Regarding the first determinant of digital maturity, which is digitalization and automation in forecasting, we expect a positive effect on the effectiveness of countermeasures. According to Warren et al. (2015), digital processes help to provide relevant information in a timely manner and to gain insights that are crucial for managers’ decision-making, which is considered to be a key aspect of effective forecasting (Morlidge and Player 2010). Therefore, digitalized and automated forecasts should help to quickly present the necessary data to decision-makers to deduce which countermeasure should be taken to address a crisis in the best way possible (Zaich et al. 2012). Hence, as digitalization and automation in forecasting are likely to enhance the decision base in terms of the timing of the provision and presentation of data, they should be highly advantageous to effectively react to crises.
Comparably, we also expect the second determinant, methodological sophistication, to improve the decision base for effective countermeasures. Research suggests that more sophisticated analyses increase the quality of forecasts and thus enable more transparency and better comprehensibility, therefore improving decisions (Arnaboldi et al. 2017; Warren et al. 2015). Thus, methodological sophistication forms a central prerequisite for determining countermeasures that effectively mitigate crisis threats and improve firms’ situations. Again, this should be specifically relevant in times of crisis, supporting the quick design and implementation of appropriate countermeasures. Therefore, we also expect a positive association between methodological sophistication and the effectiveness of countermeasures during crises.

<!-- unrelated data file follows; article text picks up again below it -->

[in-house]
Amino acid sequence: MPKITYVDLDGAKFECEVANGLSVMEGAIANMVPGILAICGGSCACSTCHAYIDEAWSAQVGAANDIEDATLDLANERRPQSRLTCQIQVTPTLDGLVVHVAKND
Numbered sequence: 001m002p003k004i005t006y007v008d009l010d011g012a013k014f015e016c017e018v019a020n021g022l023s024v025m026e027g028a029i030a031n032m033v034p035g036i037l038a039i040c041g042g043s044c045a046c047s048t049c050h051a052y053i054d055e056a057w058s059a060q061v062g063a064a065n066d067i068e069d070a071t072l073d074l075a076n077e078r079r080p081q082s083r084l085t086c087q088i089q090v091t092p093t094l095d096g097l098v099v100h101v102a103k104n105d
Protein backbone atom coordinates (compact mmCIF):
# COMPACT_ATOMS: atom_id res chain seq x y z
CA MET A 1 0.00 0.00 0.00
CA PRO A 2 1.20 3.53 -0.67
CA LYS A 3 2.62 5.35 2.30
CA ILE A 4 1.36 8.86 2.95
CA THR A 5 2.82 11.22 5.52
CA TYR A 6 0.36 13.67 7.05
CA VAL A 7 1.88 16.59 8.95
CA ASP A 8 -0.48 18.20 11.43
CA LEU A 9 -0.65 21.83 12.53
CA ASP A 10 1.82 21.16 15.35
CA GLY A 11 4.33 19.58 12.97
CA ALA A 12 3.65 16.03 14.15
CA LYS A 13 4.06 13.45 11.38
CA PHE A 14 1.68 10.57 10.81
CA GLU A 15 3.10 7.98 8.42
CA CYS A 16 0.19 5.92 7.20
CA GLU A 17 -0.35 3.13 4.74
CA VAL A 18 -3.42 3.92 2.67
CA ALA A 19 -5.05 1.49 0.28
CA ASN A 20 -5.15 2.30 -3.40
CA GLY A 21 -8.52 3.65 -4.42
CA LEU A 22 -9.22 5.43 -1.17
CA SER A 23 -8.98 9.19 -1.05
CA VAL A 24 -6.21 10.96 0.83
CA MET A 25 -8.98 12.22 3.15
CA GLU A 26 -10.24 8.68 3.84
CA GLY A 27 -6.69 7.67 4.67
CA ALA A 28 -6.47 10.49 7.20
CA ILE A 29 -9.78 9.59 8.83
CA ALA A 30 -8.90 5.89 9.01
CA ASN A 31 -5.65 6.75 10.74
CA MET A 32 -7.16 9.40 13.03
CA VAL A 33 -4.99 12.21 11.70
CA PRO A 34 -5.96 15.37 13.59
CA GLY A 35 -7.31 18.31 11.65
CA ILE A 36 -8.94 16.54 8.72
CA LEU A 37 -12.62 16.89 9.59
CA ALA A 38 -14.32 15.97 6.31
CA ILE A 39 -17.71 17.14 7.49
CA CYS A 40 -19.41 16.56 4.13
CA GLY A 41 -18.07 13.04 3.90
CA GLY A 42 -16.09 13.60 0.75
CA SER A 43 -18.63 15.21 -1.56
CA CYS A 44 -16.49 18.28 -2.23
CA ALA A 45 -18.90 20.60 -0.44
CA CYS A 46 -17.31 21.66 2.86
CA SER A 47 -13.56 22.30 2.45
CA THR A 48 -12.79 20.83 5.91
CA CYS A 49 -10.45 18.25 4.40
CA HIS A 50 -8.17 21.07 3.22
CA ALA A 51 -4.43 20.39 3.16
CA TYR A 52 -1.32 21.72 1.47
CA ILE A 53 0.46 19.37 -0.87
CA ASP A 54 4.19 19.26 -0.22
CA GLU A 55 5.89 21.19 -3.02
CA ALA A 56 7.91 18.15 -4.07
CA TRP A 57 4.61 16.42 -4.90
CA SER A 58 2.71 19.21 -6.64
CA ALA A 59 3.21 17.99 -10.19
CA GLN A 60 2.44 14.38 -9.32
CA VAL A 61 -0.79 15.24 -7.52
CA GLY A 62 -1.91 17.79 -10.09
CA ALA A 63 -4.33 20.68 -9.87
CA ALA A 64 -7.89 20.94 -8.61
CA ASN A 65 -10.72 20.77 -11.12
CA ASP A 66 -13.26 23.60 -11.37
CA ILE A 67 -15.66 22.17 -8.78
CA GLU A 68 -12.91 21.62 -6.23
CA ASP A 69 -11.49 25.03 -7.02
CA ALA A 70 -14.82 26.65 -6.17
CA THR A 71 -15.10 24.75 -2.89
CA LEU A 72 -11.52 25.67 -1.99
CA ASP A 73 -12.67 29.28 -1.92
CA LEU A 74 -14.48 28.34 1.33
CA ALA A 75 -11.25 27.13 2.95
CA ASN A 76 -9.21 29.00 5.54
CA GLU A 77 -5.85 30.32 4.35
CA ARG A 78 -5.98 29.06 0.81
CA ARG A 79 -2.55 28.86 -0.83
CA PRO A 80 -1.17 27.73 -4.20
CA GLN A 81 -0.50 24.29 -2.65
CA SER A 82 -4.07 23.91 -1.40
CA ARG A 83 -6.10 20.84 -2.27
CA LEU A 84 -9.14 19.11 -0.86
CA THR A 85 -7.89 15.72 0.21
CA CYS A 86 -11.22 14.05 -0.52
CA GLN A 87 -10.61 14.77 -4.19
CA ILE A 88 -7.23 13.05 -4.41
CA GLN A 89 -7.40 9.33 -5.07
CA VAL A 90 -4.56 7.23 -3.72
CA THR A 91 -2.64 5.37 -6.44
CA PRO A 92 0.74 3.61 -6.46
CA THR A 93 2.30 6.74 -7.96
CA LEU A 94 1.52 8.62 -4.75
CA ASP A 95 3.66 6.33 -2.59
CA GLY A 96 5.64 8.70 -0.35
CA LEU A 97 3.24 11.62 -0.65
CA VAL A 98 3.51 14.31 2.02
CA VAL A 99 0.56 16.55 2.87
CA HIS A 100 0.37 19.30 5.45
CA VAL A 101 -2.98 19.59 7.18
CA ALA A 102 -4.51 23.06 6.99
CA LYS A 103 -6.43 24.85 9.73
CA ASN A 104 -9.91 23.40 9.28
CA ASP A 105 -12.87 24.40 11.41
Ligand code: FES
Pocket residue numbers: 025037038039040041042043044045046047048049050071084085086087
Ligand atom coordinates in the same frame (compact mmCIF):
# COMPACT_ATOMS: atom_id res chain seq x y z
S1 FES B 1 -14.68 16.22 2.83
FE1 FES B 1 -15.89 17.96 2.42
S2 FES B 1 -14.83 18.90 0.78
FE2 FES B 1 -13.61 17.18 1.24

Third, we predict that data volume, as the last aspect of digital maturity, is negatively associated with the effectiveness of countermeasures during crises. On the one hand, the necessity of fast reactions in crises underlines the fact that forecasts have to be generated quickly (Prochazkova et al. 2015; Zaich et al. 2012), which should be easier to realize if fewer input variables have to be considered for the generation of forecasts. On the other hand, the outputted KPIs should also be deliberately reduced. As firms are generally impaired in their cost and liquidity situation during crises, they have limited financial and human resources (Janke et al. 2014; Milic 2011; Wright 2020). Evidence from practice further stresses that too much data might lead to a loss of focus in the analysis (Vieweg Verlag Wiesbaden 2016) due to cognitive limitations in information processing (Hogarth and Makridakis 1981) and that it is crucial to concentrate on only the most relevant drivers of firm performance, especially in volatile and uncertain times (Claus and Rüthers 2017). Against this backdrop, we expect that decision-making on countermeasures is facilitated when only the most relevant KPIs are generated within forecasts and are afterward presented and analyzed. Overall, we therefore expect a negative association between the (input and output) data volume and the effectiveness of countermeasures.